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Lecture 19

POL208Y1 Lecture Notes - Lecture 19: Legal Personality, Jus Ad Bellum, United Nations General Assembly


Department
Political Science
Course Code
POL208Y1
Professor
Lilach Gilady
Lecture
19

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International Law
05.03.14
Domestic Law: A rule of conduct or procedure established by custom,
agreement, or authority; the body of rules and principles governing the
affairs of a community and enforced by a political authority; a legal system.
International Law: No legislator, no enforcement, very basic and limited
court system – is international law a “law”?
Are the distinctions between domestic/international that sharp?
Private international law vs. Public international law (legal personality)
oWho has the right to stand/ to make a case?
oPrivate: individuals carry the legal personality  issues with a
passport
oPublic: States carry the legal personality  individuals cannot make
cases in public international law  reserved for states
Pacta Sunt Servanda
- Main enforcement mechanism in international law
- Pacts must be respected and carried out
- If you sign a contract you must abide by it
- “Every treaty in force is binding upon the parties to it and must be performed
by them in good faith” (The Vienna convention on the law of treaties, 1969)
Legal Positivism vs. Natural Law
- Roman Law: Jus Civile vs. Jus Gentium
- Civil law: regulated the civilians of Rome
- Natural Law: the law of nature; a law that exists independently of the legal
system of given political order; universality
- Legal positivism: laws are rules made by human beings and thus are
embedded in the social and political contexts in which they were created;
there is no inherent or necessary connection between law and morality
- Hugo Grotius (1583-1645) – Revives the Jus Gentium. The fact that so many
nations follow a certain practice is a proof for the existence of natural law.
- The Antelope (1825)
oNew shipment of slaves  no longer allowed to bring slaves from
Africa to US
oAmerican Privateer takes over Spanish ship going to Caribbean to get
new slaves
oPrivateer brings slaves to America
- John Marshall: “Whatever might be the answer of a moralist… a jurist must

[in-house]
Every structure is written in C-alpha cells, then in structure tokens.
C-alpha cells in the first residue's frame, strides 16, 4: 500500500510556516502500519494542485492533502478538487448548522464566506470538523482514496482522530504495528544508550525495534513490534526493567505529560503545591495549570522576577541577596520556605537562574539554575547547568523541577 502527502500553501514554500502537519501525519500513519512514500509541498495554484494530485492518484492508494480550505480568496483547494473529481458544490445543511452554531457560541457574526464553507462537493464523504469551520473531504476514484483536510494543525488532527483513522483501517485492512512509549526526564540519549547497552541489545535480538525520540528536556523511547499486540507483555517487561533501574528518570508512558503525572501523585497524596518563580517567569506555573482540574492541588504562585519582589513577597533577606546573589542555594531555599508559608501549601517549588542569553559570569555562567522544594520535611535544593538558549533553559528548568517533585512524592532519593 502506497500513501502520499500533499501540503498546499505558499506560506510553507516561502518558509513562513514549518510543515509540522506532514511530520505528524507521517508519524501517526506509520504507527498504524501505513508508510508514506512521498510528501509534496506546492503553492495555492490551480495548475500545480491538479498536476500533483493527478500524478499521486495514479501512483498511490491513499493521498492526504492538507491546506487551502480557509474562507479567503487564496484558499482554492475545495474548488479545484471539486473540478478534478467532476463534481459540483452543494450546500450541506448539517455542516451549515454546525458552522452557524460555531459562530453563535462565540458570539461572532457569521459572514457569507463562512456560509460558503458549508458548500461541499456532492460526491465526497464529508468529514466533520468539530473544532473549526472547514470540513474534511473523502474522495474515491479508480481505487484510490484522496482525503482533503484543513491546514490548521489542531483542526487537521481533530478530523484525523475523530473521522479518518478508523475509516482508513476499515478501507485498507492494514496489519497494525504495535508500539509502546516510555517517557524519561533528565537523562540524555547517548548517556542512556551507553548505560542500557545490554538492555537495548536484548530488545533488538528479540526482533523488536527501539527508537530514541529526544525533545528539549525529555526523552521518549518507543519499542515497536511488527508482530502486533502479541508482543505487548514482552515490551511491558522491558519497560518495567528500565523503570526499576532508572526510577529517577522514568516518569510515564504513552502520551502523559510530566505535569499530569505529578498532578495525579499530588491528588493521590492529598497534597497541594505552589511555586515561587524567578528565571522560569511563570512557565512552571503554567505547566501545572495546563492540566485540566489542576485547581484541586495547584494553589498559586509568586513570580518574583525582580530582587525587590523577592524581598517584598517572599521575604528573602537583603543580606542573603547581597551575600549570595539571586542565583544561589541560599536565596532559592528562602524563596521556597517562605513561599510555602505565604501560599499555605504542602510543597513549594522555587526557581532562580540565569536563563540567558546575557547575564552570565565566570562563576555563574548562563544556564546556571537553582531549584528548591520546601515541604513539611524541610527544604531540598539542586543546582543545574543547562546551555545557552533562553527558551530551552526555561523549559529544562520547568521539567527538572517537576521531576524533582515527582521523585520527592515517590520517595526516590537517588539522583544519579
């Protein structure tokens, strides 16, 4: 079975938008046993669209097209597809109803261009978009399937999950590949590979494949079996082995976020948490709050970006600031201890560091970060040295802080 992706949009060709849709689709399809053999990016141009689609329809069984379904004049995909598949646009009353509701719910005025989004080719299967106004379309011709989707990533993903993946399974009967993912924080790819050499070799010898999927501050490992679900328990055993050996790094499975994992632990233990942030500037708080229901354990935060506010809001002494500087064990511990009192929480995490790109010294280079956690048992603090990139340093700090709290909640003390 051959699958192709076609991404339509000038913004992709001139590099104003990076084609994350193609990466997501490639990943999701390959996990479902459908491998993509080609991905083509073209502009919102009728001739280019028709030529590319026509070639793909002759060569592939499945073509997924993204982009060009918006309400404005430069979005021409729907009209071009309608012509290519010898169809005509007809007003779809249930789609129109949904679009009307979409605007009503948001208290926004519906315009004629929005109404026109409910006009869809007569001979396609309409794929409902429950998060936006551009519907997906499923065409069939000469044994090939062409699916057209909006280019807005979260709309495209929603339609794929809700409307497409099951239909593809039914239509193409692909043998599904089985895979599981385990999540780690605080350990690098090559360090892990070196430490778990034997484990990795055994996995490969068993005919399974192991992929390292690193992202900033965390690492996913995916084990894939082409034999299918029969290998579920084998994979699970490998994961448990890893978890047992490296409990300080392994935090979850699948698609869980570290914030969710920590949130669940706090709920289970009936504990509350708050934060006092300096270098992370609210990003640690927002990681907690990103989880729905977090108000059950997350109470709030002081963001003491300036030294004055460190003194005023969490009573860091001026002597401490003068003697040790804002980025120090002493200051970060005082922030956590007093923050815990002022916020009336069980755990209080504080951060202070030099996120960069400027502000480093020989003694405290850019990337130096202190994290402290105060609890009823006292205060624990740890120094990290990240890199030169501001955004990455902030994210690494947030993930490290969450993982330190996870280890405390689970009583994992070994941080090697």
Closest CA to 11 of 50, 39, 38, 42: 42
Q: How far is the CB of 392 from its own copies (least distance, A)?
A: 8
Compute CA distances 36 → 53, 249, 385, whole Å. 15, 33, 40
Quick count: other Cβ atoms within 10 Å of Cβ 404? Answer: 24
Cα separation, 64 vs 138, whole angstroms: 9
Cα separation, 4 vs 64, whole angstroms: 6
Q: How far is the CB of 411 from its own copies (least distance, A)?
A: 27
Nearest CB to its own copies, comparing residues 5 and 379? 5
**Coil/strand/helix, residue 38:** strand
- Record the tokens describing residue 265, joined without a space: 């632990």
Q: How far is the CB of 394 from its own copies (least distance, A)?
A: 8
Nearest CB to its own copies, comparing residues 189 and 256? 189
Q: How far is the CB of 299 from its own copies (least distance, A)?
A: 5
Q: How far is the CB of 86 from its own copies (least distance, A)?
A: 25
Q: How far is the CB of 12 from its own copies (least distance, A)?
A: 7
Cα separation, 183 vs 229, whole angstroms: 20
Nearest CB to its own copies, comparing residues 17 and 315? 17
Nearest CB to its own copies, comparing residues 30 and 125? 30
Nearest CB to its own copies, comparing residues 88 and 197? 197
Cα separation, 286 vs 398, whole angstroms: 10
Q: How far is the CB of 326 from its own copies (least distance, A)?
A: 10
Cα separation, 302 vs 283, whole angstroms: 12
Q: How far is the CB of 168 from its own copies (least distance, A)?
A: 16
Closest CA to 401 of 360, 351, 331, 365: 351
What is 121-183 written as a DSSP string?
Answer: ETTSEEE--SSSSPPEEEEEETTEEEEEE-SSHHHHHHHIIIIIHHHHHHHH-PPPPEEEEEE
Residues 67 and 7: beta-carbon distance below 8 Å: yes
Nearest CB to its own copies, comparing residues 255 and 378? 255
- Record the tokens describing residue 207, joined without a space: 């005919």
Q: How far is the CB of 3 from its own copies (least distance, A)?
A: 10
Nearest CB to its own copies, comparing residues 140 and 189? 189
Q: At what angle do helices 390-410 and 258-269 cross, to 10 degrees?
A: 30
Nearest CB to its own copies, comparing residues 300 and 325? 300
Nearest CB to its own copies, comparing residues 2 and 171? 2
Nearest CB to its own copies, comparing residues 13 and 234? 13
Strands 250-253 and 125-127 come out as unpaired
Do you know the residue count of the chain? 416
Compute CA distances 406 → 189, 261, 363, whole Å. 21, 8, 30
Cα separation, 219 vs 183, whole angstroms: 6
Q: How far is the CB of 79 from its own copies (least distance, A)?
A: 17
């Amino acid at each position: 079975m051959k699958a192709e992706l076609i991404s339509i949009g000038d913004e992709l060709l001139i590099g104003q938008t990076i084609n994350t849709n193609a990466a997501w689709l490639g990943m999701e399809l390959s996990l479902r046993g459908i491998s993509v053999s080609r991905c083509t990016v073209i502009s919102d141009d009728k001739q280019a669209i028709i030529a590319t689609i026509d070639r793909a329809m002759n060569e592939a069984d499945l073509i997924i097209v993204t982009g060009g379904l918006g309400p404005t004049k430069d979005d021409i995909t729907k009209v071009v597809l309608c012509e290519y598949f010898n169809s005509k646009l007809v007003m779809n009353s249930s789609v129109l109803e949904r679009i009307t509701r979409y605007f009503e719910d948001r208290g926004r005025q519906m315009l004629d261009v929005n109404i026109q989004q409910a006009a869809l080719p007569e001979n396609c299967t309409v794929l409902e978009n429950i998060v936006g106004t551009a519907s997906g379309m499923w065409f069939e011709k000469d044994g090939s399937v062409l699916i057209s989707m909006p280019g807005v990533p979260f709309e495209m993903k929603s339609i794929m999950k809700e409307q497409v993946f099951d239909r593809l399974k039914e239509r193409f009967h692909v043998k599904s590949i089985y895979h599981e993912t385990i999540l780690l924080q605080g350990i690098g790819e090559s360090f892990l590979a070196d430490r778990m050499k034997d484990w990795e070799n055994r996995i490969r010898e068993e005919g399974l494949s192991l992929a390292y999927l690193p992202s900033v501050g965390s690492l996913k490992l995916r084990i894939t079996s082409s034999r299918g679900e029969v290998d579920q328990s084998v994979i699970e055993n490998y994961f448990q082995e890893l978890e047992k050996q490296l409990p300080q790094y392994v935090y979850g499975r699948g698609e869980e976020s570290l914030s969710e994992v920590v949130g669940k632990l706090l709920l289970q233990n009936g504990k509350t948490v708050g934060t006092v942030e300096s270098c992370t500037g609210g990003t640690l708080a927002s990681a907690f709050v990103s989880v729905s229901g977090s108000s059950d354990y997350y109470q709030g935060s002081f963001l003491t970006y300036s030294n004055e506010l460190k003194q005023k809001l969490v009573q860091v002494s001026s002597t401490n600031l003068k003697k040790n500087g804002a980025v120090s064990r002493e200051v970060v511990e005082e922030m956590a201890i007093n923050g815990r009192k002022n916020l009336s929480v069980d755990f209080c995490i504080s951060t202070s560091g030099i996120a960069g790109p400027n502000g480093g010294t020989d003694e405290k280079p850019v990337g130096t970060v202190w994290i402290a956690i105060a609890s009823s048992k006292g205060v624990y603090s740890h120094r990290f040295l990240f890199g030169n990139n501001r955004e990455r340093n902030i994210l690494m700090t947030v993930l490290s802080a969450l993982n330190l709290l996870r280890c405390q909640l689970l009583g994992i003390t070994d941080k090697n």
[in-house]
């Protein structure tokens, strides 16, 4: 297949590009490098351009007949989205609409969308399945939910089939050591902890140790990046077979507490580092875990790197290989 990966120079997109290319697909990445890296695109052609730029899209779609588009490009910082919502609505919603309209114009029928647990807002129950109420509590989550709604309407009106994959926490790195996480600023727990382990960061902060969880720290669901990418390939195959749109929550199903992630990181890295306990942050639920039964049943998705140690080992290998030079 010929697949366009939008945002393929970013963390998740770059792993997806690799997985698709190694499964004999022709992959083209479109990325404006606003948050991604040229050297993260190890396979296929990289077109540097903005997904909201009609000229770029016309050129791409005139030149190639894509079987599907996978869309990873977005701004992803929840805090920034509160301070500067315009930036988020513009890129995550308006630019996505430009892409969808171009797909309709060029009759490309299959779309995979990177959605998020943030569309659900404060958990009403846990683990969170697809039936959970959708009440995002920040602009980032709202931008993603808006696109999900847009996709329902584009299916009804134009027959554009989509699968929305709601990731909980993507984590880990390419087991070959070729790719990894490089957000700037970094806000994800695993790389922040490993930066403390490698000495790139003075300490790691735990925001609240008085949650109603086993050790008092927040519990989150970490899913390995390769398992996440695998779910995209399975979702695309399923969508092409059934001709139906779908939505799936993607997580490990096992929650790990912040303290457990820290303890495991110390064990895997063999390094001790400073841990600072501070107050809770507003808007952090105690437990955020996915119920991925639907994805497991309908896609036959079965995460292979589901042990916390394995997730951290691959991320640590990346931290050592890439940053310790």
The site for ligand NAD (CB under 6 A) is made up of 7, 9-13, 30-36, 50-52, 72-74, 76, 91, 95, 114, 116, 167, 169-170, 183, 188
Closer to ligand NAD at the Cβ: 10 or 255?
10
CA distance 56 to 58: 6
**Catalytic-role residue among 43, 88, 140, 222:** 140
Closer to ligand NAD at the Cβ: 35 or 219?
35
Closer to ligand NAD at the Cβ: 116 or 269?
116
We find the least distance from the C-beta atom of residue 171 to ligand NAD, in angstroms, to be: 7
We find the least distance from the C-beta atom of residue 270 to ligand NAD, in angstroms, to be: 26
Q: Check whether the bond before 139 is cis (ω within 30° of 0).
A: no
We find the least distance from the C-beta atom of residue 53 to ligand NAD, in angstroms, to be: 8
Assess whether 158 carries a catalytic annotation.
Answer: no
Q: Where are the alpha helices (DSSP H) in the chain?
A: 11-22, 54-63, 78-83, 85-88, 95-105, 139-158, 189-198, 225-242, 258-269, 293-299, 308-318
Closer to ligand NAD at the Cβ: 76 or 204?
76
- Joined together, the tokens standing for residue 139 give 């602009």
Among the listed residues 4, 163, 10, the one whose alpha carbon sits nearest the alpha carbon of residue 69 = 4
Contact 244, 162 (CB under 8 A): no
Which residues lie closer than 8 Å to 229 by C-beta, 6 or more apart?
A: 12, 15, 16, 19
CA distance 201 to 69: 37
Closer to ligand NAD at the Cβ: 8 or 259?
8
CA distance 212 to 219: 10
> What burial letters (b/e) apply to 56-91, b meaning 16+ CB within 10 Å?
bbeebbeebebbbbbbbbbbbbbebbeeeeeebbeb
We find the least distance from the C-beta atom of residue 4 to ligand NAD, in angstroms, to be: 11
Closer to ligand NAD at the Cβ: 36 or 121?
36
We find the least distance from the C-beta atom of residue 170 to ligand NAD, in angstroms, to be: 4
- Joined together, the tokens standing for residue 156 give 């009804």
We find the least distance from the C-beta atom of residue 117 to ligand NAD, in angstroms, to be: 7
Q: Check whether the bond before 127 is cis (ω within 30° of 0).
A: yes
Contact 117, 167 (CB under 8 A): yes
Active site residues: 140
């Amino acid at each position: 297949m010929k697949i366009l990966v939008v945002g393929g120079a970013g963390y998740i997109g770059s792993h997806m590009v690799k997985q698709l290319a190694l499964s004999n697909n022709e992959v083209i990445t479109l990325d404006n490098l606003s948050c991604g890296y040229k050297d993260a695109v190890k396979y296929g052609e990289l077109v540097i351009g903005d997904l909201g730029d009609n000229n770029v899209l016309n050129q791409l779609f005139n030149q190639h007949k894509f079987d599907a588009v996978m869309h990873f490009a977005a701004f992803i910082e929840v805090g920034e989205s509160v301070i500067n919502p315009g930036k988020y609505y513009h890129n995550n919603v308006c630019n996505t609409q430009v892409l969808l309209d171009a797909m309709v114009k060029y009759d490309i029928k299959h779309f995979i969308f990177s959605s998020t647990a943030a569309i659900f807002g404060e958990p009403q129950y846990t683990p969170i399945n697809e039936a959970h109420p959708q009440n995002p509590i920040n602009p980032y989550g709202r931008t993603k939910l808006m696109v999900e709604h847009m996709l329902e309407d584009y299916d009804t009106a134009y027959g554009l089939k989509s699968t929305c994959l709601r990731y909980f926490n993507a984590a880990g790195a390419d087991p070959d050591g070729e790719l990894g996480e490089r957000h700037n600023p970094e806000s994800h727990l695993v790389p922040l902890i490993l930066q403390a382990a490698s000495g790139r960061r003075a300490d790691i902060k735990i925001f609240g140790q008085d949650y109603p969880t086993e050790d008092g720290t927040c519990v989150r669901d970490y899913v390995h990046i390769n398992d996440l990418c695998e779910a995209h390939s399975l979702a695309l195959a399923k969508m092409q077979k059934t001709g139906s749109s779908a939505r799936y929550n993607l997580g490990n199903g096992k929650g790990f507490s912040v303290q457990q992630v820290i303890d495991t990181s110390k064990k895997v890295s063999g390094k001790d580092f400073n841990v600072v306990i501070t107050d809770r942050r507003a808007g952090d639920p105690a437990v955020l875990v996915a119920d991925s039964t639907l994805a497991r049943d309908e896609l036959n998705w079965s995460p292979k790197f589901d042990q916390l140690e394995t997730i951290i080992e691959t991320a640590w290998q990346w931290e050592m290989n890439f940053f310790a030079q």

search for its legal solution, in those principles of action which are
sanctioned by the usage, the national acts, and the general assent, of that
portion of the world of which he considers himself a part, and to whose law
the appeal is made. We must resort to this standard as a test to international
law.”
- There is some resurrection of the notion of natural law in the 20th century.
The Sources of International Law
- Source II: Custom
oIs it a widely accepted practice?
oCustomary law
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International Law
05.03.14
oWords count less than action
oA subjective component: OPINO JURIS –the belief that a behaviour
was carried out because the actor believed it to be a legal obligation
oPractice + opino juris = custom
JUS COGENS
- a fundamental principle accepted as a universal norm
- Universal jurisdiction: violators of JUS COGENS can be arrested and tries by
any country regardless of the location of the ‘crime’ or the identity of the
victims
- Genocide, piracy, slavery, waging aggressive war (?), crimes against
humanity, war crimes (?), torture (?)
Night Café  Van Goh painting estimated worth of 200 million
- Used to belong to Russian aristocrat
- Was taken by the Soviet Union because they believed it was “capitalist” art
- Soviets needed money and sold them
- Night Café was purchased by Yale in the 30s when the Soviets were selling
the art
- Descendant of the Russian aristocrat started to sue the institutions who
bought the artworks from the Soviets
- Does he have a case in international law?
oStatute of limitations
oSoviet Union is the culpable party in this case
oWho succeeds the country before it?  Is Russia culpable for the
Soviet Union?
oUS does not have jurisdiction/ no capability to regulate behaviour in
other countries
Sources of International Law
Source 1: International Conventions
- Agreements must respected
- A positivist force  don’t need to guess what might be the rules
- Sign convention  becomes part of international law
- Collection of written documents
- Similar understanding of domestic law
- Any international treaty, convention, agreement is a law
- In the 20th century: a concentrated attempt to codify customary law through
a series of international conventions – Hague 1889, 1907; the League of
Nations; the UN International Law Commission (ILC) (for example: the
Vienna convention of 1969; UN Law of the Sea Convention 1982)
- Declarative vs. constitute treaties
oLike Sea Convention  declares a law that pre-exists  custom is
written down
oConstitutive  nothing before  creates new law
Example: Geneva Convention
Geneva 1: sick and wounded soldiers on land
Geneva 2: Sick and wounded soldiers at sea
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